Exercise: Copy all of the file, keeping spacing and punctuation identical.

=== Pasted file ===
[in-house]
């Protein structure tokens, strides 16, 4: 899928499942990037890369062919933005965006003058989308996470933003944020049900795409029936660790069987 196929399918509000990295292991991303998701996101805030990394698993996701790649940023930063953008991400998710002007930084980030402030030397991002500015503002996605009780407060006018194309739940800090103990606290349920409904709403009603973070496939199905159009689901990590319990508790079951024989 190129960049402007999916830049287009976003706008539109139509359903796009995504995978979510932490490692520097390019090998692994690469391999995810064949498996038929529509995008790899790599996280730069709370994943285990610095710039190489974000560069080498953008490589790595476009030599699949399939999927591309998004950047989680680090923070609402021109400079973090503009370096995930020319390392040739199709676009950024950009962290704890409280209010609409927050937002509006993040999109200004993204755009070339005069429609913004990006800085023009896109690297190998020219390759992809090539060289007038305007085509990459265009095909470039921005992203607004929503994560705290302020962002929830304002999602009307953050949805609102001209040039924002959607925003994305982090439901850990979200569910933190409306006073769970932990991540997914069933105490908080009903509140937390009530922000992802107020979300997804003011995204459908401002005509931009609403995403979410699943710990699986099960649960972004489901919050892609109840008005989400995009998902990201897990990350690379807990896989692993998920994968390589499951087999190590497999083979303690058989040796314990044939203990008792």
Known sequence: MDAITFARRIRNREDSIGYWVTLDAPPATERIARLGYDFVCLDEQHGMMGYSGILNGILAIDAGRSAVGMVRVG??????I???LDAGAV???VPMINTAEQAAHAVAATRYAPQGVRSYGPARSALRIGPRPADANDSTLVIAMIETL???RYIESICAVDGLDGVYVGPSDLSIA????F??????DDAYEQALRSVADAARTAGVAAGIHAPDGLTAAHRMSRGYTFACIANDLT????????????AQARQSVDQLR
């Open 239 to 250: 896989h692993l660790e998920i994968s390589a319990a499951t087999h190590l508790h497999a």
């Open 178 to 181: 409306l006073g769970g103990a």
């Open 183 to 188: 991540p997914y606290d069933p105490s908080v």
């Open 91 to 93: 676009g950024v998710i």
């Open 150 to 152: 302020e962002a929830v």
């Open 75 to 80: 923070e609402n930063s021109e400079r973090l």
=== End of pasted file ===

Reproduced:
[in-house]
């Protein structure tokens, strides 16, 4: 899928499942990037890369062919933005965006003058989308996470933003944020049900795409029936660790069987 196929399918509000990295292991991303998701996101805030990394698993996701790649940023930063953008991400998710002007930084980030402030030397991002500015503002996605009780407060006018194309739940800090103990606290349920409904709403009603973070496939199905159009689901990590319990508790079951024989 190129960049402007999916830049287009976003706008539109139509359903796009995504995978979510932490490692520097390019090998692994690469391999995810064949498996038929529509995008790899790599996280730069709370994943285990610095710039190489974000560069080498953008490589790595476009030599699949399939999927591309998004950047989680680090923070609402021109400079973090503009370096995930020319390392040739199709676009950024950009962290704890409280209010609409927050937002509006993040999109200004993204755009070339005069429609913004990006800085023009896109690297190998020219390759992809090539060289007038305007085509990459265009095909470039921005992203607004929503994560705290302020962002929830304002999602009307953050949805609102001209040039924002959607925003994305982090439901850990979200569910933190409306006073769970932990991540997914069933105490908080009903509140937390009530922000992802107020979300997804003011995204459908401002005509931009609403995403979410699943710990699986099960649960972004489901919050892609109840008005989400995009998902990201897990990350690379807990896989692993998920994968390589499951087999190590497999083979303690058989040796314990044939203990008792």
Known sequence: MDAITFARRIRNREDSIGYWVTLDAPPATERIARLGYDFVCLDEQHGMMGYSGILNGILAIDAGRSAVGMVRVG??????I???LDAGAV???VPMINTAEQAAHAVAATRYAPQGVRSYGPARSALRIGPRPADANDSTLVIAMIETL???RYIESICAVDGLDGVYVGPSDLSIA????F??????DDAYEQALRSVADAARTAGVAAGIHAPDGLTAAHRMSRGYTFACIANDLT????????????AQARQSVDQLR
């Open 239 to 250: 896989h692993l660790e998920i994968s390589a319990a499951t087999h190590l508790h497999a």
């Open 178 to 181: 409306l006073g769970g103990a």
């Open 183 to 188: 991540p997914y606290d069933p105490s908080v």
């Open 91 to 93: 676009g950024v998710i």
């Open 150 to 152: 302020e962002a929830v």
């Open 75 to 80: 923070e609402n930063s021109e400079r973090l």